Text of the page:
Quick hits: Arenado is part of history again as Cardinals Phillies 7-6 | cardinal blow

PHILADELPHIA — In a city where considerable political history was made 246 years ago this month, the Cardinals added a resounding John Hancock to their own history in the first inning of Saturday’s game against the Philadelphia Phillies.

For the first time in club annals, the Cardinals hit four straight home runs. With two first-round stoppages, former Mizzou star Kyle Gibson was pinned for back-to-back home runs by Nolan Arenado, Nolan Gorman, Juan Yepez and Dylan Carlson. Arenado’s homer was a two-run shot that hit Paul Goldschmidt.

But after making history, the cardinals also tried not to repeat recent history. They held a 5-0 lead against Chicago after three innings last Sunday. But the Cubs rallied and won the game in 10 innings.

This time it was 5:0 after one frame. Again, the opponent caught up quickly and leveled the game in the third inning. But Arenado and helper Ryan Helsley made sure he didn’t get away.

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Arenado’s second homer of the game and third of the series, a shot in the ninth inning ahead of Seranthony Dominguez, tied the game 6-6. Helsley (4-1), who fanned three in game eight, got two more in game ninth as the Cardinals gave manager Oliver Marmol a 36th birthday gift by rallying for a 7-6 verdict.

Cardinals allowed four in a row two years ago

This was the first time since 2020 that four consecutive homers were hit in the majors, and the Cardinals were involved in that one too. Roel Ramirez, in the only game he would play this season for the Cardinals, who just came off a long COVID-19 hiatus and were shorthanded in their pitching, served four straight homers.

With six carries in the fifth inning of a 7-2 Cardinals loss in Chicago, White Sox hitters Yoan Moncada, Yasmani Grandal, Jose Abreu and Eloy Jimenez all met back-to-back.

Arenado’s 16th homer, a 354-foot drive to the left of a slider, was his fifth straight hit over two nights, the first of which had led to his second career cycle. That homer came 2-1, as did Gorman’s seventh homer, a 392-foot rocket to right center of a cutter.

Yepez drilled a 1-2 slider 353 feet to the left for his 10th homer and Dylan Carlson laced the longest at 402 feet. Carlson’s fifth homer of the season ended in a 1-0 sinker.

This was the first time a team had hit four straight home runs in the first inning of a game. The teams have hit four home runs a total of 11 times in a row.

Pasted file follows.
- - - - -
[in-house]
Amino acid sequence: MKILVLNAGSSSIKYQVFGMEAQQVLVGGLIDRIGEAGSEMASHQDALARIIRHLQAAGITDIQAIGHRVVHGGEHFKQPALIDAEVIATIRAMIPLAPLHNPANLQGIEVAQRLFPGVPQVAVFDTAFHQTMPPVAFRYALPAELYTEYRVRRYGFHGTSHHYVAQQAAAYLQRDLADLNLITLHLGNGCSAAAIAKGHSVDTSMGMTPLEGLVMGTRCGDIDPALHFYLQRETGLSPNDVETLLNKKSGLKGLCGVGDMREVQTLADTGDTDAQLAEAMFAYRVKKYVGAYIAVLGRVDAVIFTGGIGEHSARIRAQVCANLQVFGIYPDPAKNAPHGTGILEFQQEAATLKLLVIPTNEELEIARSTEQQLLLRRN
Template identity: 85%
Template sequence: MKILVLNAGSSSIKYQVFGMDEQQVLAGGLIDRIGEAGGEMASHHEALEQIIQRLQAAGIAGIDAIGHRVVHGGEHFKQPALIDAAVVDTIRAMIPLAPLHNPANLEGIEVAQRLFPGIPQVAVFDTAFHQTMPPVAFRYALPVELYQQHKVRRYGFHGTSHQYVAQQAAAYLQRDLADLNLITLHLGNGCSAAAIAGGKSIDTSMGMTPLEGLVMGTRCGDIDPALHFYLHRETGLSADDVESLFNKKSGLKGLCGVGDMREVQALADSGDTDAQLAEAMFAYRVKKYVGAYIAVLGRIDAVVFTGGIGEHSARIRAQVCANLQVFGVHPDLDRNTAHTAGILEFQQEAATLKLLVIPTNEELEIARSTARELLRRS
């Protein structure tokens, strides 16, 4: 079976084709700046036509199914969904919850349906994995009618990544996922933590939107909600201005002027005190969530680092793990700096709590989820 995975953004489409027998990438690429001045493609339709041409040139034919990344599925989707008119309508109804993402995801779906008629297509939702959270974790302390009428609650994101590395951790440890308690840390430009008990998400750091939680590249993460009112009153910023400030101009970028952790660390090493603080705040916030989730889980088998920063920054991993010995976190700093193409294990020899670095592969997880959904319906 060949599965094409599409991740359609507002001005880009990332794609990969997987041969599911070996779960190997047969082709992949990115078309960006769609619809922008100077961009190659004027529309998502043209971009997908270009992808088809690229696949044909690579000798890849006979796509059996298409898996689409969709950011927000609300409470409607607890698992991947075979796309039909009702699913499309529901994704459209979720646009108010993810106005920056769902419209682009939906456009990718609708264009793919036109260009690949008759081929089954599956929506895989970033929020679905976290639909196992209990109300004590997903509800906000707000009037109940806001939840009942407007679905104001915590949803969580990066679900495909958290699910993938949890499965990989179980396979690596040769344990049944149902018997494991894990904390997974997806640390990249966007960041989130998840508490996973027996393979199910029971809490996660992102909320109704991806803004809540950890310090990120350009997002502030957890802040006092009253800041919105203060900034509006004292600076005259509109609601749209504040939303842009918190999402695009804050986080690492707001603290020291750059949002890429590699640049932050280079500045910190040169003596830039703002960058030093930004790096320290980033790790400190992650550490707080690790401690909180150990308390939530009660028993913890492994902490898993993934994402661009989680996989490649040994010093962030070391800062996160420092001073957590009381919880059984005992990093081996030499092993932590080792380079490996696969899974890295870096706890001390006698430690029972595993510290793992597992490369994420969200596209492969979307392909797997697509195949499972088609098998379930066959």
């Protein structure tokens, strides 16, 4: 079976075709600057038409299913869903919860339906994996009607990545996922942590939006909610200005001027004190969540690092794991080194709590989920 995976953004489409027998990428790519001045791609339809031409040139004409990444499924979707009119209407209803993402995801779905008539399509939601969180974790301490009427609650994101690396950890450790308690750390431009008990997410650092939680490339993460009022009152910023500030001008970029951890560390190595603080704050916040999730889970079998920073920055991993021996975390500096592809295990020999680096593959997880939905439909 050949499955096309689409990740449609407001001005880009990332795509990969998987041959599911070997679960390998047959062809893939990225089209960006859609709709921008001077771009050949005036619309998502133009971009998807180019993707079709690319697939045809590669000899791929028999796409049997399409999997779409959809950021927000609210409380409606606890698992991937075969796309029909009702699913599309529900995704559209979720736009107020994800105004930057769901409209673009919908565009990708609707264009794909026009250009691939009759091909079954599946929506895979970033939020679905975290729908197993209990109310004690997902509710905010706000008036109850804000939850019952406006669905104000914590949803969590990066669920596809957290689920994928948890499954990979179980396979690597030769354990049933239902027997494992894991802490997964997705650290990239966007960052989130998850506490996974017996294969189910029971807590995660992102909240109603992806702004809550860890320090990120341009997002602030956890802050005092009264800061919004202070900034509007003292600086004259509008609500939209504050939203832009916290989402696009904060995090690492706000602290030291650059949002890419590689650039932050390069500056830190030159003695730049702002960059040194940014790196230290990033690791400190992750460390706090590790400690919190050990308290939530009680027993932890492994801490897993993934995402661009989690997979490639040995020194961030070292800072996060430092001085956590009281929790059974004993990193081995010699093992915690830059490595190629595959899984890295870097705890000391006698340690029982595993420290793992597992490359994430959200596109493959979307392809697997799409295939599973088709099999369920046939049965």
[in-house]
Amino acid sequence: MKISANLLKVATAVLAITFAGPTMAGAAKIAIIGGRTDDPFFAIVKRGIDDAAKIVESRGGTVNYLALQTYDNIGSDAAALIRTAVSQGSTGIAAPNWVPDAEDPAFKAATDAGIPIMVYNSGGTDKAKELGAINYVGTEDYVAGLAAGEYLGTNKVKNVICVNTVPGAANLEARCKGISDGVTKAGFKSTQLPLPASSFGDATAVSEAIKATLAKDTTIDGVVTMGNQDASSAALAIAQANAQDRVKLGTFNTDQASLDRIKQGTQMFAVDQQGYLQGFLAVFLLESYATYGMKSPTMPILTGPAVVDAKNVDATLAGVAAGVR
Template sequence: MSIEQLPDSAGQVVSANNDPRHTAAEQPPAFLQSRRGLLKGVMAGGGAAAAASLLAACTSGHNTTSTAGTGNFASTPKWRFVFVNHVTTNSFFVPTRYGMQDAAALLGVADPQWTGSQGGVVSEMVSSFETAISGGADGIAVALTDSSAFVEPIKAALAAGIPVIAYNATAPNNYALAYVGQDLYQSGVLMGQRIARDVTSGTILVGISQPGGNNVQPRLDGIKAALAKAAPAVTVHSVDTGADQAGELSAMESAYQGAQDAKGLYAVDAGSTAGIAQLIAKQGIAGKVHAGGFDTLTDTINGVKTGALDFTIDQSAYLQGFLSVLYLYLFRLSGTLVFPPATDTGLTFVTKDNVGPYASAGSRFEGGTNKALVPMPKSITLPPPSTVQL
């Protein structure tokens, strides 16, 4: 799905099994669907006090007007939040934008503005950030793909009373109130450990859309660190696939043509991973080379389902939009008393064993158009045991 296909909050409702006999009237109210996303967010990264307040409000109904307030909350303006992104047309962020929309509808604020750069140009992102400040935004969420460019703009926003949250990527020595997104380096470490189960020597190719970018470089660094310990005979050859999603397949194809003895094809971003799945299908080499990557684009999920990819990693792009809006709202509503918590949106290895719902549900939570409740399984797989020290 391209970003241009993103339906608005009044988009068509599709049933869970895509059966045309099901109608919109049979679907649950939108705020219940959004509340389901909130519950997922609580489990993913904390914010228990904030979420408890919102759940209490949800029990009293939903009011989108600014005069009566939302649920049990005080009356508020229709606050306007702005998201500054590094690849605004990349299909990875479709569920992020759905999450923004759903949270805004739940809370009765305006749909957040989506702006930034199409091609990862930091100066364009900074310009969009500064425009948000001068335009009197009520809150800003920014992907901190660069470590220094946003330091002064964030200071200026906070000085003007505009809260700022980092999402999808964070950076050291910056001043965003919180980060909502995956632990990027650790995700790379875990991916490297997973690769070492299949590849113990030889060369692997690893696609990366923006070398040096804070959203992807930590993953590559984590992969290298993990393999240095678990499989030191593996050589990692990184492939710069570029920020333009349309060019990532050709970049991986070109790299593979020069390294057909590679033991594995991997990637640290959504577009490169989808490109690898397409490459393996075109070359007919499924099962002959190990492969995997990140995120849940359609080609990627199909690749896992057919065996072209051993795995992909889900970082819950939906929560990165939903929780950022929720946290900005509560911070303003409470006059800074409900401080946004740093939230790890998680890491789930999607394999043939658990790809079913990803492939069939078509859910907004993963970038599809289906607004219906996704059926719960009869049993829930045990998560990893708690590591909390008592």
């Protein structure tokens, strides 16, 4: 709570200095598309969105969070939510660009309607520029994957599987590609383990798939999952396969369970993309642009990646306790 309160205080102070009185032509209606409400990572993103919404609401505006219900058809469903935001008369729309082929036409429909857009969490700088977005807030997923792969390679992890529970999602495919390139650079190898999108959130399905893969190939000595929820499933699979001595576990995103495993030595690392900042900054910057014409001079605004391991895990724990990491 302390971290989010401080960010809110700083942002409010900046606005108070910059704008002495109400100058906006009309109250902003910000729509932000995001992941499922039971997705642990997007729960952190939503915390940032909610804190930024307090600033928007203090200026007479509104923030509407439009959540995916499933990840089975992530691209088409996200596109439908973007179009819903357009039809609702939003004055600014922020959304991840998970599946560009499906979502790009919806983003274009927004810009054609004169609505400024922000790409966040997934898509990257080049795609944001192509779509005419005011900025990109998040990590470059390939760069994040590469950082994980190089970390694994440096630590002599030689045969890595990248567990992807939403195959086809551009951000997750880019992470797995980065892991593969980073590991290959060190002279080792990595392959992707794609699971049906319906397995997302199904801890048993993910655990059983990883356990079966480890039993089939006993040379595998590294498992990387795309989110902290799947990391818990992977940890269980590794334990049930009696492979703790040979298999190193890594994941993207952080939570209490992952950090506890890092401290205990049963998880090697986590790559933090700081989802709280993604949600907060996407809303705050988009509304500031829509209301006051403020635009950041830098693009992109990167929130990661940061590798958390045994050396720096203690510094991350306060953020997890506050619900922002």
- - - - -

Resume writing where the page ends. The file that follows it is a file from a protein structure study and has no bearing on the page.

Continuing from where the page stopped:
Liberatore wastes leadership

After that 5-0 lead, left-hander Matthew Liberatore found himself in trouble in the second inning when he allowed the Phillies to close that gap by two runs. Alex Bohm tripled over a jump attempt by Lars Nootbaar to the right on a drive that ricocheted off the wall. Bohm scored with a sacrificial flight from CBC product Matt Vierling before Odubel Herrera folded, former Cardinal Yairo Munoz doubled and Bryson Stott folded and Herrera scored. With runners in first and third place and one out, pitching coach Mike Maddux paid the mound a visit and Liberatore stopped the bleeding for the moment by fanning Kyle Schwarber and retiring Rhys Hoskins.

But another victim fly from four of a kind in the third made it 5-3, and as Herrera scored a second single and sent the runners into first and third place, left-handed rookie Zack Thompson, who was serious about warming up in the elevated bullpen on the right, came along -Center, went in with two outs.

Munoz, who was released by the Cardinals after abruptly leaving camp a few springs ago, greeted Thompson with his second double, a two-run drive to left center that chased both runners home. Munoz celebrated enthusiastically after coming second.

Hiccup returns with guns blazing

Right-hander Jordan Hicks, who hadn’t served for the Cardinals since May 24 because of a forearm flexion problem, felt it Saturday. Hitting five outs in the fourth and fifth, Hicks, who totaled 28 pitches, threw 18 pitches at speeds of 100 mph or greater, including two at 103.4 mph and one at 103.1. There was also an 85-mile slider that beat Phillies Nick Castellanos in the fourth with low bridge.

Accident or not, Gibson hit Nolan Arenado near the waist in the next inning. As Arenado stood at first base, Phil’s designated hitter Kyle Schwarber barked at him from the dugout.

The crux of the Hicks thing, however, was that the former closer, unsuccessful as a starter earlier this season, only allowed two harmless singles in 1 2/3 innings without walking or hitting anyone.

Hicks took a 6-5 lead after Lars Nootbaar snatched a bases-loaded walk from Corey Knebel at the top of fifth place. The Phils drew 6-6 against Packy Naughton and Junior Fernandez in the sixth.

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